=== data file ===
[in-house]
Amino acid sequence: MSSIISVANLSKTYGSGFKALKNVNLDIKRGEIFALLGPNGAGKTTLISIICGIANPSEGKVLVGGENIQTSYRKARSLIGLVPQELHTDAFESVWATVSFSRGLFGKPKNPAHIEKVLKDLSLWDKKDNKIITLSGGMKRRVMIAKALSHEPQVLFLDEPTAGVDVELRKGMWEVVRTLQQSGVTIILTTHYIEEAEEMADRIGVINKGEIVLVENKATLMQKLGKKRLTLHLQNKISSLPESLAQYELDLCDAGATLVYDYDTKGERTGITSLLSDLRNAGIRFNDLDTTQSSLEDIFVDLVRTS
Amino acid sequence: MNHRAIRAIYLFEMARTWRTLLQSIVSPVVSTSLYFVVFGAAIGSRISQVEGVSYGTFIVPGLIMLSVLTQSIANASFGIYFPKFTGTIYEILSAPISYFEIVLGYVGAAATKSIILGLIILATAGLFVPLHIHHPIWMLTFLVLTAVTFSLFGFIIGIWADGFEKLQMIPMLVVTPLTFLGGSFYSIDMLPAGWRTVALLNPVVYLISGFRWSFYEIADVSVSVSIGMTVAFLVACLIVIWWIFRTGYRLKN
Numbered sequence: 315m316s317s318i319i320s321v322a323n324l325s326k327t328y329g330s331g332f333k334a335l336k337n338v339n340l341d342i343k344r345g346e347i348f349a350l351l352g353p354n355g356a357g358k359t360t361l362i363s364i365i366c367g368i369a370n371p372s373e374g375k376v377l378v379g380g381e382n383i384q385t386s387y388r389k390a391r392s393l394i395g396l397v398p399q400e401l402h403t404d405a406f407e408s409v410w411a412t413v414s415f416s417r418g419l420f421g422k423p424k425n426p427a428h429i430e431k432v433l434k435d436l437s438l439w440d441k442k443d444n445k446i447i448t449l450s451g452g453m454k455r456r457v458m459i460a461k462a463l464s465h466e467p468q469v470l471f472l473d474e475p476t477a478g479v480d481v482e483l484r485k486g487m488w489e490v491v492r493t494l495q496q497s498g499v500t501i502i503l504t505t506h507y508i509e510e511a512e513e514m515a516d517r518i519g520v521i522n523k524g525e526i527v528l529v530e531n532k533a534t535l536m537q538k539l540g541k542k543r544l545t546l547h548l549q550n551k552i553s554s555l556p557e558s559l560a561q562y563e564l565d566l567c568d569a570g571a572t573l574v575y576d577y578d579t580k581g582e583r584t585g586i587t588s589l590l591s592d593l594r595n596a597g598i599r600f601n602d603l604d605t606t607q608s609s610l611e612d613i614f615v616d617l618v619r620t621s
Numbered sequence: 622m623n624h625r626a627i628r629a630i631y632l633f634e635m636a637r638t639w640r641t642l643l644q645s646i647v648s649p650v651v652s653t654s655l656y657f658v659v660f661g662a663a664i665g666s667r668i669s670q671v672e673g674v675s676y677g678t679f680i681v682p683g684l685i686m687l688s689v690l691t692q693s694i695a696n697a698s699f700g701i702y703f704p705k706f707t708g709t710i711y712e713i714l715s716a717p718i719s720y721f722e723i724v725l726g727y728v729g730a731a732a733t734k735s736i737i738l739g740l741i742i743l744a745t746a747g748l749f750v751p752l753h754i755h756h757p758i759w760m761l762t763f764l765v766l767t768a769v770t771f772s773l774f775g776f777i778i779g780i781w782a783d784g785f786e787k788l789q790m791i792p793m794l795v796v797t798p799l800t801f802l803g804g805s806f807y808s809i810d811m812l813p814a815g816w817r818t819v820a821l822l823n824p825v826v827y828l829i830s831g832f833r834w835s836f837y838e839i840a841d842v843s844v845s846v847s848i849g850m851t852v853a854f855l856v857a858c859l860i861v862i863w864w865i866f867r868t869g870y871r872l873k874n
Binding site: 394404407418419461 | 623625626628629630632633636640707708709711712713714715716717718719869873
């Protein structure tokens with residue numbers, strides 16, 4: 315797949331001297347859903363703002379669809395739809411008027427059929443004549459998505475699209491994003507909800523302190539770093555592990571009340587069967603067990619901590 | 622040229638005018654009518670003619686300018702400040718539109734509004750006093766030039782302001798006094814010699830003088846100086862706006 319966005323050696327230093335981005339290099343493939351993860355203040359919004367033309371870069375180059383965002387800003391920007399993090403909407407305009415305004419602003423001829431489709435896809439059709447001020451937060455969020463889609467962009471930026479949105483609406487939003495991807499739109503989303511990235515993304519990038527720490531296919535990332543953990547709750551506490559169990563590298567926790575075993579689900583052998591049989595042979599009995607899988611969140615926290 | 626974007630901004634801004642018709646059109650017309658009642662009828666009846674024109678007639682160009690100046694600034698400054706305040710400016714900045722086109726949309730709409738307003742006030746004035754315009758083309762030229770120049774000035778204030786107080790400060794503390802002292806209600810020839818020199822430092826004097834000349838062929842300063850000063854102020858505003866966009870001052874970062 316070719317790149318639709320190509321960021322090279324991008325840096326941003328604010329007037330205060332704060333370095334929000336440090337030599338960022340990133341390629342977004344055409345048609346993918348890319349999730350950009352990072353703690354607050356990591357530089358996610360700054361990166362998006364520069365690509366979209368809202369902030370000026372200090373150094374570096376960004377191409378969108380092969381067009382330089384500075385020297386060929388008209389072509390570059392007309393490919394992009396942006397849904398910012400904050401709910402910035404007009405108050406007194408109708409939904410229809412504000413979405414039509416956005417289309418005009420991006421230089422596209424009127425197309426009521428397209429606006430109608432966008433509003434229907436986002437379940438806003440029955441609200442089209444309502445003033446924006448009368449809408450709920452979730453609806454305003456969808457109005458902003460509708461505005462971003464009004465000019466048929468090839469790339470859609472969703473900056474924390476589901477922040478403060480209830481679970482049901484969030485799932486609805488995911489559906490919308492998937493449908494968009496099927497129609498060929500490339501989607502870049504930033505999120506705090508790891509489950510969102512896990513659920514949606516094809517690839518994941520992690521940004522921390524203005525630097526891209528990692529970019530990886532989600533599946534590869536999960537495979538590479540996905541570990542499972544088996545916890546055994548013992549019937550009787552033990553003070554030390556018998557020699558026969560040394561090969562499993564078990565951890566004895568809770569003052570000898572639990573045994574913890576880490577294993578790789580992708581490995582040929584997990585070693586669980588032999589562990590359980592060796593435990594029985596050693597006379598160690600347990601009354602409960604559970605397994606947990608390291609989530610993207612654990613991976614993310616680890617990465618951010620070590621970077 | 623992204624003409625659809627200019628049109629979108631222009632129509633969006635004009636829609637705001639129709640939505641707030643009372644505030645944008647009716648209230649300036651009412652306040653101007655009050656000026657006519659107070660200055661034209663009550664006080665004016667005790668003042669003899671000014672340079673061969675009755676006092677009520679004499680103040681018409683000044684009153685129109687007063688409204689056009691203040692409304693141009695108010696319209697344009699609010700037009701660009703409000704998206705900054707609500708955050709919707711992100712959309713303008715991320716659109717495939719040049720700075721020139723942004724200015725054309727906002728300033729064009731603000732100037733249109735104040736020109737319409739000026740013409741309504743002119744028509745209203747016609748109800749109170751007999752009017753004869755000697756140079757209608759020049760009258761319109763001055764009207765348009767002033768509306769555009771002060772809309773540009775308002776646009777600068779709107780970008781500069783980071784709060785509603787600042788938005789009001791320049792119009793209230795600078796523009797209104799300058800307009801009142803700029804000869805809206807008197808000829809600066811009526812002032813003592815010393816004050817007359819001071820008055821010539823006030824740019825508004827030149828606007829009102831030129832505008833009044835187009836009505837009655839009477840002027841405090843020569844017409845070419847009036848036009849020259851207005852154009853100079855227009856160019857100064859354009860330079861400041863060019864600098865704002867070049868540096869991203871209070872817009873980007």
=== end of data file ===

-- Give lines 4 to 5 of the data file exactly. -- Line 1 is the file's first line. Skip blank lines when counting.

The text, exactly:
Numbered sequence: 315m316s317s318i319i320s321v322a323n324l325s326k327t328y329g330s331g332f333k334a335l336k337n338v339n340l341d342i343k344r345g346e347i348f349a350l351l352g353p354n355g356a357g358k359t360t361l362i363s364i365i366c367g368i369a370n371p372s373e374g375k376v377l378v379g380g381e382n383i384q385t386s387y388r389k390a391r392s393l394i395g396l397v398p399q400e401l402h403t404d405a406f407e408s409v410w411a412t413v414s415f416s417r418g419l420f421g422k423p424k425n426p427a428h429i430e431k432v433l434k435d436l437s438l439w440d441k442k443d444n445k446i447i448t449l450s451g452g453m454k455r456r457v458m459i460a461k462a463l464s465h466e467p468q469v470l471f472l473d474e475p476t477a478g479v480d481v482e483l484r485k486g487m488w489e490v491v492r493t494l495q496q497s498g499v500t501i502i503l504t505t506h507y508i509e510e511a512e513e514m515a516d517r518i519g520v521i522n523k524g525e526i527v528l529v530e531n532k533a534t535l536m537q538k539l540g541k542k543r544l545t546l547h548l549q550n551k552i553s554s555l556p557e558s559l560a561q562y563e564l565d566l567c568d569a570g571a572t573l574v575y576d577y578d579t580k581g582e583r584t585g586i587t588s589l590l591s592d593l594r595n596a597g598i599r600f601n602d603l604d605t606t607q608s609s610l611e612d613i614f615v616d617l618v619r620t621s
Numbered sequence: 622m623n624h625r626a627i628r629a630i631y632l633f634e635m636a637r638t639w640r641t642l643l644q645s646i647v648s649p650v651v652s653t654s655l656y657f658v659v660f661g662a663a664i665g666s667r668i669s670q671v672e673g674v675s676y677g678t679f680i681v682p683g684l685i686m687l688s689v690l691t692q693s694i695a696n697a698s699f700g701i702y703f704p705k706f707t708g709t710i711y712e713i714l715s716a717p718i719s720y721f722e723i724v725l726g727y728v729g730a731a732a733t734k735s736i737i738l739g740l741i742i743l744a745t746a747g748l749f750v751p752l753h754i755h756h757p758i759w760m761l762t763f764l765v766l767t768a769v770t771f772s773l774f775g776f777i778i779g780i781w782a783d784g785f786e787k788l789q790m791i792p793m794l795v796v797t798p799l800t801f802l803g804g805s806f807y808s809i810d811m812l813p814a815g816w817r818t819v820a821l822l823n824p825v826v827y828l829i830s831g832f833r834w835s836f837y838e839i840a841d842v843s844v845s846v847s848i849g850m851t852v853a854f855l856v857a858c859l860i861v862i863w864w865i866f867r868t869g870y871r872l873k874n